Get the facts about milk , and the benefits of milk, here. 

Fortunately, you CAN make your own butter, from the cream of the milk right at home.

With either raw milk cream from a local dairy, or cream you buy at the store. That is all it takes…cream from the milk. Maybe a bit of salt, if you like that. Or not. Your choice. 10 minutes, a pint or quart of cream, and you have a mound of creamy goodness that is equal to none.

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Homemade Butter

Course condiment, condiments
Cuisine American, homestyle, Low Carb


  • 1 quart cream raw, or pasturized


  • Begin by opening the cream. (This is from our local farm share)
  • Enjoy the beautiful creamy thickness.
  • Pour the cold cream into a mixing bowl. If you want “cultured” butter, use RAW cream and allow it to come to room temperature. That has a tangy, sour flavor versus the sweeter flavor of sweet cream.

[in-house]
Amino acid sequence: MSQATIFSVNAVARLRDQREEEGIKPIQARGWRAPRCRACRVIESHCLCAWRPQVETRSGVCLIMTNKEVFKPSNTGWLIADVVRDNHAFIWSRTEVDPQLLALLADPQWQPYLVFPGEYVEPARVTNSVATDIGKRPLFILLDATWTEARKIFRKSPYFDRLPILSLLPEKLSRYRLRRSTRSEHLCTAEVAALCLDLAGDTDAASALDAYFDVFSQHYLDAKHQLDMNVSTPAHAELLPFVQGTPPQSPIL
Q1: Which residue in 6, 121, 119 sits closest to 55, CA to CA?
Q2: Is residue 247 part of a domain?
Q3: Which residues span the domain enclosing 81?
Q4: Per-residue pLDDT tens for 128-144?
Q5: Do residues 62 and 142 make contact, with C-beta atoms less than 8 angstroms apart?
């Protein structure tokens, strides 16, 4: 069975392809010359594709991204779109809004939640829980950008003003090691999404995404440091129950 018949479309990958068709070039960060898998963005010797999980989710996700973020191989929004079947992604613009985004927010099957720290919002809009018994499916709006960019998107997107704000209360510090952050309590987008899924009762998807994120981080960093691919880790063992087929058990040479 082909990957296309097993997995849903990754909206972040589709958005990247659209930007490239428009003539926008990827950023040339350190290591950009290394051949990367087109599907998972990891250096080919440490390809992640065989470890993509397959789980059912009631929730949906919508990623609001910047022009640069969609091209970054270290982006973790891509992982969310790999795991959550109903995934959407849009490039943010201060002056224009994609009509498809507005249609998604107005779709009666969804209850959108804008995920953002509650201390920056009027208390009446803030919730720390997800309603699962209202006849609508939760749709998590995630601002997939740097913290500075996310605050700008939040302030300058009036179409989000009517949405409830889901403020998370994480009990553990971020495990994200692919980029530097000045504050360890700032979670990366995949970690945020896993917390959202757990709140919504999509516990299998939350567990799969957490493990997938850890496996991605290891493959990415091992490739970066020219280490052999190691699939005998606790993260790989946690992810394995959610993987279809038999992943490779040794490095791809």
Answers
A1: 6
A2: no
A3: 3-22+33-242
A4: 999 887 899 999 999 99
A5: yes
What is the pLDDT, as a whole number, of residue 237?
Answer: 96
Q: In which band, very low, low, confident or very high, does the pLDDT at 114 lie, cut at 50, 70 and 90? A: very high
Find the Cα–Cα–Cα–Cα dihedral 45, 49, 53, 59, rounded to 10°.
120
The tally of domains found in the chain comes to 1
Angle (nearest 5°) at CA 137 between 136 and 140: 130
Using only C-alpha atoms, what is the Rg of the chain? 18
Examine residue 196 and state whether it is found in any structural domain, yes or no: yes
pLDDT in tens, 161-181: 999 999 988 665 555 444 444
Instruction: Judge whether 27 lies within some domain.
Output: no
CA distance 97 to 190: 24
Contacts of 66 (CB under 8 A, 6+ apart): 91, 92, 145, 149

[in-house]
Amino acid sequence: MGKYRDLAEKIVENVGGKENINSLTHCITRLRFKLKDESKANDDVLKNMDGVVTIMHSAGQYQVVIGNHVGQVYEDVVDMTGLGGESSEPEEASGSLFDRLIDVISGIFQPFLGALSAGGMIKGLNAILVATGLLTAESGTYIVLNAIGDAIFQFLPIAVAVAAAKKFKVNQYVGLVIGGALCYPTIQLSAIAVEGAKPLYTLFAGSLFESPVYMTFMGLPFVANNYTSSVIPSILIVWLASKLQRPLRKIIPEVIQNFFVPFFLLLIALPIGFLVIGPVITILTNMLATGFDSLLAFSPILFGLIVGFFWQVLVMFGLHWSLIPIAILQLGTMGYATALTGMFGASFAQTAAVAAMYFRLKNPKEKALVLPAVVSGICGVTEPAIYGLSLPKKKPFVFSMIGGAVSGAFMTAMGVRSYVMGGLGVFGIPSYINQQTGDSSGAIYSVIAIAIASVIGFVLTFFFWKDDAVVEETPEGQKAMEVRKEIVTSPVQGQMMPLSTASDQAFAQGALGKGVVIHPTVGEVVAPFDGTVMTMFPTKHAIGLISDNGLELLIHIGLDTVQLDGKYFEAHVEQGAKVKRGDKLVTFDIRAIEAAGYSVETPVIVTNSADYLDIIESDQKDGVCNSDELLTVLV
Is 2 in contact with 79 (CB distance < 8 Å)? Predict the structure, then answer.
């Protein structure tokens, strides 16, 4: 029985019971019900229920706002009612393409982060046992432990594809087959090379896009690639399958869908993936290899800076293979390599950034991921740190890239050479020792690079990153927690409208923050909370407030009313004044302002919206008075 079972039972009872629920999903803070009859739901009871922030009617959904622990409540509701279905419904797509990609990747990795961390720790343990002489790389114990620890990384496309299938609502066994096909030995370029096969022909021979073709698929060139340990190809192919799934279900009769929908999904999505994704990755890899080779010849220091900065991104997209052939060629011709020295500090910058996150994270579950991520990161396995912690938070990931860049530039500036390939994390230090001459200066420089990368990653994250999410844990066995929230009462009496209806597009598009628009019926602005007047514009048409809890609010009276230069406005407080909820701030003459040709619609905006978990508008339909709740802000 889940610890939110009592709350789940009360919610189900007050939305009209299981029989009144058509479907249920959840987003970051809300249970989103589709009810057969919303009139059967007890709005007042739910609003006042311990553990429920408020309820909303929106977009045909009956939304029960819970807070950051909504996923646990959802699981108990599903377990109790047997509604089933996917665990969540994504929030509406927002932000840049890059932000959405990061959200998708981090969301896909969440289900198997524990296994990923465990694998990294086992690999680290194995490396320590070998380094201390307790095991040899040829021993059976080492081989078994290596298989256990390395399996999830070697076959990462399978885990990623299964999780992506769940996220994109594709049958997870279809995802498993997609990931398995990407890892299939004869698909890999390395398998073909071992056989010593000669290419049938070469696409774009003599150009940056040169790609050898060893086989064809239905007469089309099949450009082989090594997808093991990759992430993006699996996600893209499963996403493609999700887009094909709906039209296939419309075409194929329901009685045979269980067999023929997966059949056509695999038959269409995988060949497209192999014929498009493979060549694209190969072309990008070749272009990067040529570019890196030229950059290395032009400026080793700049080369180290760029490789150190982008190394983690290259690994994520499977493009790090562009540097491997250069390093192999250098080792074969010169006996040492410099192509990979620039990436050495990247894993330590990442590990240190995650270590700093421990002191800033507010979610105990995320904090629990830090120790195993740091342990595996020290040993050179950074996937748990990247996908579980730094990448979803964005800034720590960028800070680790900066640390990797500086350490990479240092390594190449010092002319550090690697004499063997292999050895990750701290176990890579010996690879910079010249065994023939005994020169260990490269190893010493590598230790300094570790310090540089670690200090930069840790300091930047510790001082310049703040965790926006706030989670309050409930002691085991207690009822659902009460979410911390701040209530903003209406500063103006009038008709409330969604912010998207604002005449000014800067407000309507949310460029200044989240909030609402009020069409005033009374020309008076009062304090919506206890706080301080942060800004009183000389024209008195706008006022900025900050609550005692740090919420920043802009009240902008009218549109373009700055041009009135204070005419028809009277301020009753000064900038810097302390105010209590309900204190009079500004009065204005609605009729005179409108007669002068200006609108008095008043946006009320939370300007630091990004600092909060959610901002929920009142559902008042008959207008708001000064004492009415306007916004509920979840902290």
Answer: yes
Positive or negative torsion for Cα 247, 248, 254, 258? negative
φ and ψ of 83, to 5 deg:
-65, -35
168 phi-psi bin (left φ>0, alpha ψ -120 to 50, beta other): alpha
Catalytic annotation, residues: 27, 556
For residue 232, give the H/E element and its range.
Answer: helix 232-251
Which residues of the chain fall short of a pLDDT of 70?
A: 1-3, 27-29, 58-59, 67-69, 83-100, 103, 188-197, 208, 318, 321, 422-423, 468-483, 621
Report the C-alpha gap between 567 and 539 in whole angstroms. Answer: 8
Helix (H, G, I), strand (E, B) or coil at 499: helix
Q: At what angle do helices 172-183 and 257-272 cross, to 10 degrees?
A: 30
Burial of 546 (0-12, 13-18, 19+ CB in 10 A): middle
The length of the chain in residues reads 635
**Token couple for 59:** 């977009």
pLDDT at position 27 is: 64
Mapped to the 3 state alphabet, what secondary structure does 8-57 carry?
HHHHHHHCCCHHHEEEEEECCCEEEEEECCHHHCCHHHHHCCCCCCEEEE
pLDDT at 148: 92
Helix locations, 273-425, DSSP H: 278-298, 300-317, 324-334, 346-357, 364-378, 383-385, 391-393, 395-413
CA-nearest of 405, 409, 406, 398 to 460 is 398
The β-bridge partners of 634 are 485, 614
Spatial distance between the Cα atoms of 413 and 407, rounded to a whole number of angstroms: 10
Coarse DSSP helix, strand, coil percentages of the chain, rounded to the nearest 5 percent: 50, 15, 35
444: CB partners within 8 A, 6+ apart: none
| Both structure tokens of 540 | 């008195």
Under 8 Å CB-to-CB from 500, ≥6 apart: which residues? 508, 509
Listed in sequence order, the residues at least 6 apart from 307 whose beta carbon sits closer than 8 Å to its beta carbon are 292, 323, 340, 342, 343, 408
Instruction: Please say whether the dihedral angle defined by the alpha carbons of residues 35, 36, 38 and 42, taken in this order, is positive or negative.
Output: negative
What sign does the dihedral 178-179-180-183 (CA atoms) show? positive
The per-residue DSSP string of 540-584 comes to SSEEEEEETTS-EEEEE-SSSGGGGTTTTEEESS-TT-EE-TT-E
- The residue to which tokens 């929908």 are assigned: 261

• Set the whipping attachment and turn on low. Don’t turn on high right away, or the cream can “fly” out of the bowl.
  • After approximately 2 minutes, the cream will become whipped cream. At this point, you need to grab a spoon and spoon some of this goodness onto some berries. Or just eat.
  • Continue to whip the cream, turning the speed up a notch.
  • After approximately 2 more minutes, the cream will start to separate. You will start to see chunks of butter that are a dark yellow.
  • Continue to whip until all the cream has turned. You’ll notice that the buttermilk and butter are completely separated and all the cream is turned.
  • Carefully pour the butter into a filter covered with cheesecloth. You want to save all the buttermilk for pancakes or even drinking plain.
  • Gently squeeze the butter to remove as much buttermilk as you can.
  • Rinse the butter in cool running water, spreading it out a bit with a wooden spoon. Gently squeeze the buttermilk out as you rinse. It’s at this point I use clean hands to get the job done.
  • Continue to rinse and squeeze until all the liquid that comes off the butter is clear. You want to be sure to remove ALL the buttermilk you can to prevent quick spoilage.